3. Ron Oertel

          I was just pointing out facts.  Affordable housing does not contribute toward property taxes.

          I’m never comfortable when the peripheral/sprawl developers “make a deal” with the Affordable developers, and then “sell the development” to voters in that manner.  (We’ve already seen that playbook, with WDAAC.)

          As a result of the WDAAC campaign, my personal opinion of Affordable housing developers is (let’s just say) not-so-positive.

        4. Ron Oertel

          Do you recall the Affordable housing developer essentially “advocating” on behalf of WDAAC, on this very blog?

          By the way, “non-profit” does not necessarily equate with “personal profit”.

        5. Ron Oertel

          Land dedication (in-and-of itself) does not necessarily imply “making a deal” (other than to “sell” the proposal to voters).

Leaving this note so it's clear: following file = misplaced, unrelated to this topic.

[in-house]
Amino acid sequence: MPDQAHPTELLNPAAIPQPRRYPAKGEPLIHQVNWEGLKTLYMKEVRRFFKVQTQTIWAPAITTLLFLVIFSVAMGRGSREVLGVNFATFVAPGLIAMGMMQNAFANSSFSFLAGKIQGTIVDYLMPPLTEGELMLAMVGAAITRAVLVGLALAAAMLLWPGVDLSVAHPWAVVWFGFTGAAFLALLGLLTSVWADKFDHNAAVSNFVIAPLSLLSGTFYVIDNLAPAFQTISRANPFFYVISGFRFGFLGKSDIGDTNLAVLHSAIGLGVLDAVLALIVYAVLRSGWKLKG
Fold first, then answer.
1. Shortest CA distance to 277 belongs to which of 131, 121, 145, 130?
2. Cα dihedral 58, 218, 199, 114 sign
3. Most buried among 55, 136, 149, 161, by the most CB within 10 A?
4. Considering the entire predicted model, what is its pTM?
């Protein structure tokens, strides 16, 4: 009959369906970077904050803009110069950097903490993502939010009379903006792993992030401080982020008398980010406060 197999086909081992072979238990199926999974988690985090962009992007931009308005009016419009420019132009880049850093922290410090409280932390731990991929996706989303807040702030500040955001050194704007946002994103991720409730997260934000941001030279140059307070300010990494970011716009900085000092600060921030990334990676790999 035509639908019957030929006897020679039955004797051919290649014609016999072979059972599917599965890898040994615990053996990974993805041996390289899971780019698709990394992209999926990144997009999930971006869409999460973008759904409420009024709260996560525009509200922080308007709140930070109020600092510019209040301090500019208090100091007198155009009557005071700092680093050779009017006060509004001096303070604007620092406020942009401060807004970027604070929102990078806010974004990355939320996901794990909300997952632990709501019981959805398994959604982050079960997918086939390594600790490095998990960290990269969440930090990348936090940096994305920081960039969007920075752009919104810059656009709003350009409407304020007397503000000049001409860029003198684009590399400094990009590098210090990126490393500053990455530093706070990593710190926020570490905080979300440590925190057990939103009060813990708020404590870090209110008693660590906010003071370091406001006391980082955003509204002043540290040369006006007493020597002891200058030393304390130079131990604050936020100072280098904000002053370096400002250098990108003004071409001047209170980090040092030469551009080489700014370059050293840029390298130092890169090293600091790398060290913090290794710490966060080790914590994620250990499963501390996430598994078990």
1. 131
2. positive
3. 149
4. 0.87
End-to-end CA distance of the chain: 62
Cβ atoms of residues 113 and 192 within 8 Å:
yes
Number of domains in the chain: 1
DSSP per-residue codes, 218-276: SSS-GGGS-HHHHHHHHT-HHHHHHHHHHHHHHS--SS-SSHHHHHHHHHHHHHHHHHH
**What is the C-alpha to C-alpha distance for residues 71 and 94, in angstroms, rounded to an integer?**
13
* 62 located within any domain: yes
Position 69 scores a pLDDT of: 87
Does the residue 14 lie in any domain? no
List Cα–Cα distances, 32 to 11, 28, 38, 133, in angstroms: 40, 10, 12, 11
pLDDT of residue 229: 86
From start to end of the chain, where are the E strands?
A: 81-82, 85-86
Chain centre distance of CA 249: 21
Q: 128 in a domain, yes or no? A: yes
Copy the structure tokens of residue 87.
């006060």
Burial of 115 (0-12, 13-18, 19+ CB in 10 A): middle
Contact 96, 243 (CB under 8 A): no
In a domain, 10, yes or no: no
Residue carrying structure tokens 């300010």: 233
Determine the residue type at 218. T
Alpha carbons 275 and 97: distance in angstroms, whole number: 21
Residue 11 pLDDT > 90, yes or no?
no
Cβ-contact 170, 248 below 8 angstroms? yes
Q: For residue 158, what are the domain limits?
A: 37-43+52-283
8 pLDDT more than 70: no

It does, however, provide an opportunity for an Affordable housing developer to advocate on behalf of the primary/overall development.  As we essentially observed, with WDAAC.

        6. Ron Oertel

          I don’t believe that you’re “confused”, at all.  Look at your own comments.

          Now, I guess we’ll see if the ARC developer will give up some of his 850 market-rate units, for Affordable housing instead. (I understand that 850 units is the “maximum” under the EIR – including Affordable housing.)

        7. Craig Ross

          He has to – he has to allocate 15 percent of his 850 units as affordable.  That’s true whether they do on-site or land dedication.  (Although I guess he could do the in-lieu fees, but I don’t think council would go for that plus I thought they promised to do on-suite).

        8. Ron Oertel

          I don’t believe this has been settled, nor the method to accomplish it.

          In fact, the city commissioners recommended that the amount of Affordable housing be “adjusted” to whatever the city requires at the time that housing is actually constructed.  (It was covered on this blog just a few days ago, so I’m pretty sure you’re aware of that.)

          In the meantime, David is essentially arguing that the ARC developer should “make a deal” with an Affordable developer, in the manner that we’ve already witnessed with WDAAC.

        9. Rik Keller